The MMHF is a nonprofit workforce housing innovation fund and incubator.
Our mission is to lower workforce housing construction costs through innovation.
The United States is experiencing a housing availability and affordability crisis.
Housing, a fundamental human need, is a burden for millions. The costs to create new homes are high and rising, so not enough homes are built to keep pace with demand. The result is that people, places, and economies do not thrive as they should. In growing places, housing of any kind is rarely created at the scale and pace to maintain affordability and economic vitality - but the situation is particularly acute for what's known as workforce housing. Middle income earners - between roughly 80% and 120% of Area Median Income (AMI) - struggle to find homes they can afford, and don't qualify for traditionally subsidized low-income housing. The result is that housing to serve them is "missing."
The Solution: Solving the housing crisis demands that many innovators test, commercialize, and scale their ideas. The Missing Middle Housing Fund provides incentives for developers, general contractors, architects, manufacturers, financiers, and workforce educators to reduce the costs to create housing through innovation. The MMHF supports projects, research and development, and the ultimate incubation of innovative business ideas, products, and partnerships that reduce the cost to create homes, starting with workforce housing.
Millions of families are cost-burdened by their homes, a situation that is well documented. Nationwide, 36.5 million households spend more than 30% of their income on housing-related expenses, pushing them to the edge of economic security. 524,000 of these are Oregon households.
Oregon is woefully deficient in creating housing for its citizens. Oregon's historical under-production of housing has led to a current deficit of ~111,000 units versus market need, which means Oregon ranks second worst in the nation in terms of under-production. At a recent conference, economists ECONorwest stated that over the next 5 years, we need to produce a total of between 145,000 and 195,000 units, and up to 300,000 across the next decade. They also pointed out that despite this need, Oregon has only produced an annual average of about 20,000 housing units over the last five years, and even that represents a large increase over the previous decade. This means we need to almost double our current construction capacity.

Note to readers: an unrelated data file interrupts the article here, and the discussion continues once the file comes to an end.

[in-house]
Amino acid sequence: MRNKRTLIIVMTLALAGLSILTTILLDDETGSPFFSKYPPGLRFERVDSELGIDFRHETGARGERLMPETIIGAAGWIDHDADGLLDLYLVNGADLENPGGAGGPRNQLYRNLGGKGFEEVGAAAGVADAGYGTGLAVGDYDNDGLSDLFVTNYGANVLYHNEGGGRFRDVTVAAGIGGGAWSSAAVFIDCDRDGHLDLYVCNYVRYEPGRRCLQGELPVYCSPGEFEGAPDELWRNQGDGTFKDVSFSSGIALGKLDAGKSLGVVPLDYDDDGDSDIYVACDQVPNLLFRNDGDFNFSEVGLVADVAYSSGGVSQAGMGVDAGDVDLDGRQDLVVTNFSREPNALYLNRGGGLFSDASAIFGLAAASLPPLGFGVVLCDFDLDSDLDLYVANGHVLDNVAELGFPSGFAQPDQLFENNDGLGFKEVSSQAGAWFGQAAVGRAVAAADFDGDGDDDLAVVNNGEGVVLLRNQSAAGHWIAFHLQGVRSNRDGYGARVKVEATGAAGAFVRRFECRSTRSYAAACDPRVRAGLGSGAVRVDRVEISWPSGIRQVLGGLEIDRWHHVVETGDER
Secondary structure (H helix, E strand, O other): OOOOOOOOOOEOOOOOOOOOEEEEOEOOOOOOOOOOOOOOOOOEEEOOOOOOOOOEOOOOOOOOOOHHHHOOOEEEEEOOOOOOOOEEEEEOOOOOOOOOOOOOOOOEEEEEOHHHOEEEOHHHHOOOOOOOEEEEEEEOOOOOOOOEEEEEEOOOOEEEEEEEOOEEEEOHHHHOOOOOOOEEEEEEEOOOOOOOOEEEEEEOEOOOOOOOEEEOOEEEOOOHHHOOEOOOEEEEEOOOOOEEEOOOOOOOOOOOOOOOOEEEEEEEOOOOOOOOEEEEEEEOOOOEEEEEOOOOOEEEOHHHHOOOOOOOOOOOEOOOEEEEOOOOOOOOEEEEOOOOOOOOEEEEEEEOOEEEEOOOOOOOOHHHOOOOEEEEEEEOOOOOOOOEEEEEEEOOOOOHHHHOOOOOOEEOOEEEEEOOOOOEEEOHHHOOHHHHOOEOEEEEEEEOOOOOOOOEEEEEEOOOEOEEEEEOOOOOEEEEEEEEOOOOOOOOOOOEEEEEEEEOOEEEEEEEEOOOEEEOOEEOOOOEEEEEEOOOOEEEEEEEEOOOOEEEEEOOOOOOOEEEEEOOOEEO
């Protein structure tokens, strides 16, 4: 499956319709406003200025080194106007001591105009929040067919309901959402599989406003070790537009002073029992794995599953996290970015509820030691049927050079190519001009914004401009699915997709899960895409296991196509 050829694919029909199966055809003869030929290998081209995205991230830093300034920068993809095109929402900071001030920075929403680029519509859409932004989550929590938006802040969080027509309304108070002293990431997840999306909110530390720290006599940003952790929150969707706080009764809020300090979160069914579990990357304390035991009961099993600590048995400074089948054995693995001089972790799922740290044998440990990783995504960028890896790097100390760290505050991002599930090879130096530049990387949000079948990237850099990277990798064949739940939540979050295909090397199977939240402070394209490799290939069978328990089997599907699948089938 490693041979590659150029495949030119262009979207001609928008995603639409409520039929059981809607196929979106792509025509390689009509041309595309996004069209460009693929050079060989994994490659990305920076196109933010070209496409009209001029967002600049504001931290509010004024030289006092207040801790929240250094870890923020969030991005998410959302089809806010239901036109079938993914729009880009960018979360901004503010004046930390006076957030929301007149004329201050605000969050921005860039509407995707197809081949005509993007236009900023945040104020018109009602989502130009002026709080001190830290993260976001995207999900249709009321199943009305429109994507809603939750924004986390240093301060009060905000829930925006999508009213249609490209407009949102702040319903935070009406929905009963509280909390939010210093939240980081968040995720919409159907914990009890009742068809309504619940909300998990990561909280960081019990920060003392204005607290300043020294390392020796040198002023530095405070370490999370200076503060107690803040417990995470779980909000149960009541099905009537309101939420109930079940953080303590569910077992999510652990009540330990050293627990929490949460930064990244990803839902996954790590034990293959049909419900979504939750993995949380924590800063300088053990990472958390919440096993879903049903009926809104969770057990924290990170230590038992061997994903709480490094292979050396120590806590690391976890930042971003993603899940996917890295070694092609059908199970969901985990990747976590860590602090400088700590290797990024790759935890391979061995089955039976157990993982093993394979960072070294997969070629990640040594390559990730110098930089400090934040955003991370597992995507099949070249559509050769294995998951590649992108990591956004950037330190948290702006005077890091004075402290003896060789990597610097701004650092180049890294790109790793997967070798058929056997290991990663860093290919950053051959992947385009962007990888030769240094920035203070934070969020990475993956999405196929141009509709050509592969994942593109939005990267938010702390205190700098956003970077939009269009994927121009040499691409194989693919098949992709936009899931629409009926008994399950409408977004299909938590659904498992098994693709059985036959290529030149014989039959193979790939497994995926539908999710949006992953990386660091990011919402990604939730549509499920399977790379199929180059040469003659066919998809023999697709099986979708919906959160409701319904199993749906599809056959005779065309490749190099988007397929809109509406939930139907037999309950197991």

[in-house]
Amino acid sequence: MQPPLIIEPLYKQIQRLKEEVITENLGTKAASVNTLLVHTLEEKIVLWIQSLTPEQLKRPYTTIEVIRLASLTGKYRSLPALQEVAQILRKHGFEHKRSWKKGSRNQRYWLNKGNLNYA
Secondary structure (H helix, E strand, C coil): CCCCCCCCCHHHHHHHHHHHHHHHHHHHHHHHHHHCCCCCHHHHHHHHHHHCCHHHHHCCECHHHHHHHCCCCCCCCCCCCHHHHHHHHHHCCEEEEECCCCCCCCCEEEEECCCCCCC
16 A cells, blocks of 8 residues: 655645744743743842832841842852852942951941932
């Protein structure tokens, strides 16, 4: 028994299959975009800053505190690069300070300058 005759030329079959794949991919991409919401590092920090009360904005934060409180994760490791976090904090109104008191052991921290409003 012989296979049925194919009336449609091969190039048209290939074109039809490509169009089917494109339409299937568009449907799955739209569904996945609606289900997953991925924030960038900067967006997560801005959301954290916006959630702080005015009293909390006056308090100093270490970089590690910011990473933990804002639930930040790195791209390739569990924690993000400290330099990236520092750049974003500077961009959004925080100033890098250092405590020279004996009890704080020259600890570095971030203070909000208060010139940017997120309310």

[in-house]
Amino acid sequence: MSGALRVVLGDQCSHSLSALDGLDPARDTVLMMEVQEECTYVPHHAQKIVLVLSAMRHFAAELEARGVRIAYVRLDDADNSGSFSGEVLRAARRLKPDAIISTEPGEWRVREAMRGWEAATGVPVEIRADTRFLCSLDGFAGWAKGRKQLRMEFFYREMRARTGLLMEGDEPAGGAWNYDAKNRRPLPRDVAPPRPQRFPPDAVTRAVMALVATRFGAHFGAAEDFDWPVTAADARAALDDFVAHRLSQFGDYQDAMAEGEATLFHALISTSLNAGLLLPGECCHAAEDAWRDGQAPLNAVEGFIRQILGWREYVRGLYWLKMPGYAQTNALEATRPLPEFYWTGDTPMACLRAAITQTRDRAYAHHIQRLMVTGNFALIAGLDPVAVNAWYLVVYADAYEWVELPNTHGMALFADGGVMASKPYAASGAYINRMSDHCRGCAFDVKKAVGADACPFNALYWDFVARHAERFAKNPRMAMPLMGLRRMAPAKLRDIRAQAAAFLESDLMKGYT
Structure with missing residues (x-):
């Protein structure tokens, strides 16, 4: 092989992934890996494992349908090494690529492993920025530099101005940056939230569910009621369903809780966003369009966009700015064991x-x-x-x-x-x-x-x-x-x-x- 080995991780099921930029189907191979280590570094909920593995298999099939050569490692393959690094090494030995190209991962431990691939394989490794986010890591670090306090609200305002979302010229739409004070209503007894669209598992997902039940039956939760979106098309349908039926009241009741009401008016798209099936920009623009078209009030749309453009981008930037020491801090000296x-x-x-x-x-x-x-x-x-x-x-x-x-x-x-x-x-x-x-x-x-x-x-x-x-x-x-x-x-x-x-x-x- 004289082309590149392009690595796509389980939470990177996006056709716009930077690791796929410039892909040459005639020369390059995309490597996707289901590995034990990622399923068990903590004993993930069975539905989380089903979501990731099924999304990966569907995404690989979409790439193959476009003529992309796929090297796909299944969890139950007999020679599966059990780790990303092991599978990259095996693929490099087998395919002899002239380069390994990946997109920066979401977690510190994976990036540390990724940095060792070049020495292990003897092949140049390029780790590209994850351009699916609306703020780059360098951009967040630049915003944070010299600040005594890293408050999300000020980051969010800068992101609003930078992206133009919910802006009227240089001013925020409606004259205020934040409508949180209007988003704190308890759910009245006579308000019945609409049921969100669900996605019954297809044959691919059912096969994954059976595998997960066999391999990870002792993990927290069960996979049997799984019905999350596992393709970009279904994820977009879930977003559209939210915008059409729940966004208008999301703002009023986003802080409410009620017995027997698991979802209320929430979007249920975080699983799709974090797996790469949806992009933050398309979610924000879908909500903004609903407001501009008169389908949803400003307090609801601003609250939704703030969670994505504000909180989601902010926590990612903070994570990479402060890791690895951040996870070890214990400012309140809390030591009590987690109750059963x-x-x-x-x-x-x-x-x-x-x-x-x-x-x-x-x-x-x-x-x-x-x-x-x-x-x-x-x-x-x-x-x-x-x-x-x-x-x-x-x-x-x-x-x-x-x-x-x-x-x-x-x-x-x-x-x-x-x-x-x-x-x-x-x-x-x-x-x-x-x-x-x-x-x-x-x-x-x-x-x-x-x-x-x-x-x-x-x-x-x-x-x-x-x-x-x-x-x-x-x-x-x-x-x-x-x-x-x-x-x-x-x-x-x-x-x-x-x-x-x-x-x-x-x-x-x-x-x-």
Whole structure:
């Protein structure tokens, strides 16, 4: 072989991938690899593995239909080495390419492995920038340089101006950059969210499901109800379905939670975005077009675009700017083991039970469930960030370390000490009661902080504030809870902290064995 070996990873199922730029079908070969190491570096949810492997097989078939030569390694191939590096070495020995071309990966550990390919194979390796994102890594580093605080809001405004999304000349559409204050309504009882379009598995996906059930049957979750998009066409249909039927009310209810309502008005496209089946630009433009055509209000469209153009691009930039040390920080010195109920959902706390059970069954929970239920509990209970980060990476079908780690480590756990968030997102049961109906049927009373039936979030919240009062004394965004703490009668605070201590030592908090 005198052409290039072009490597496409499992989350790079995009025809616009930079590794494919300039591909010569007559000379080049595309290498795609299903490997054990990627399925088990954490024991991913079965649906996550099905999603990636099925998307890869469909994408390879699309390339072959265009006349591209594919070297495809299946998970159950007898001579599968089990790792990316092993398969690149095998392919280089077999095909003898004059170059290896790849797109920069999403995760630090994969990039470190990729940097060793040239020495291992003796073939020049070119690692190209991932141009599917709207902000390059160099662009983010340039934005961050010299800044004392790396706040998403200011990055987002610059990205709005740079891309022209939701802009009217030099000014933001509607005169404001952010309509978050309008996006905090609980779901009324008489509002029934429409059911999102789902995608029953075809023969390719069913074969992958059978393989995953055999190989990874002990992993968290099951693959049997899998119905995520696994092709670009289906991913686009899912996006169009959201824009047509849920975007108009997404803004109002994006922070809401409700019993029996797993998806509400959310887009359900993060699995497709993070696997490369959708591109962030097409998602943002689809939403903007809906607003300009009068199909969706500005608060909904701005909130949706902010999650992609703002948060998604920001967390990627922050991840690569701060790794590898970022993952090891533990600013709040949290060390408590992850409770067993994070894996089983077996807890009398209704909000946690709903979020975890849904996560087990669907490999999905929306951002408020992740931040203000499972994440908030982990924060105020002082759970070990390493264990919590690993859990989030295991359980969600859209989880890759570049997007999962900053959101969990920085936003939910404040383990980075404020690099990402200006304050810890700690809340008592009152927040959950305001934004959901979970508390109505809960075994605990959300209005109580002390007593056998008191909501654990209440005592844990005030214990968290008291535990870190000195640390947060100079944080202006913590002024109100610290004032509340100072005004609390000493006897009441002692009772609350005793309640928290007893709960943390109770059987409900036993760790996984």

This construction and inventory deficit has led to skyrocketing housing costs, and is now impacting Oregon’s economy. Businesses from the coast to central Oregon now cite housing’s unavailability and high costs as major impediments to growth and hiring. In growing locales like Lebanon, Boardman, and Medford, there's almost no where to find housing. The challenge affects both rural and urban dwellers alike; and as with most systemic challenges, minorities, new Americans, and those far from services and resources feel the squeeze the most. In the midst of a pandemic and after a particularly destructive wildfire season, Oregon needs to focus on both economic vitality and lower costs to build and secure more housing.
In recent years, governments, nonprofits, and the corporate sector have started to allocate more resources to the housing crisis, almost always focused on those making 60% or less of Area Median Income (AMI.) While this represents critical investment, it fails to address the sizable population making between 80% and 120% of AMI, the “Missing Middle,” also known as workforce housing. Workforce housing construction costs are similar to affordable or market rate housing costs - but have neither affordable housing subsidies nor market rate rents to make projects “pencil.” As a result, income-restricted workforce housing is almost never built, and these families routinely pay more than 30% of their income for market-rate housing. They end up severely housing cost burdened, and more vulnerable to economic disruption.
Housing ecosystems rarely reward cost efficiency and innovation, and so, labor, land, and materials shortages result in persistently high construction costs. We can’t keep up with demand for housing, and the housing we DO build gets ever more expensive. A foundational change is critical to addressing both the housing crisis and economic recession.
The Missing Middle Housing Fund (MMHF) serves as a gap fund and incubator for cost efficiency innovations in housing development. Construction innovation can lower costs, but progress is slow and impacts a miniscule percentage of units built each year. Innovation happens within selected firms; but since innovation commercialization isn’t usually a core skill set for developers and general contractors, cost-efficiency solutions are rarely scaled across various housing stakeholders.
The MMHF will support these innovations broadly, in many geographies, enabling local communities and development interests to capitalize on local expertise and preferences for certain types of housing. By accelerating and commercializing private and nonprofit sector innovations, the MMHF fuels economic growth while supporting those traditionally most impacted by the housing affordability crisis - working families, BIPOC communities, and communities far from resources and services. Through this work, more diverse styles of workforce housing will be created faster, lowering housing costs for all.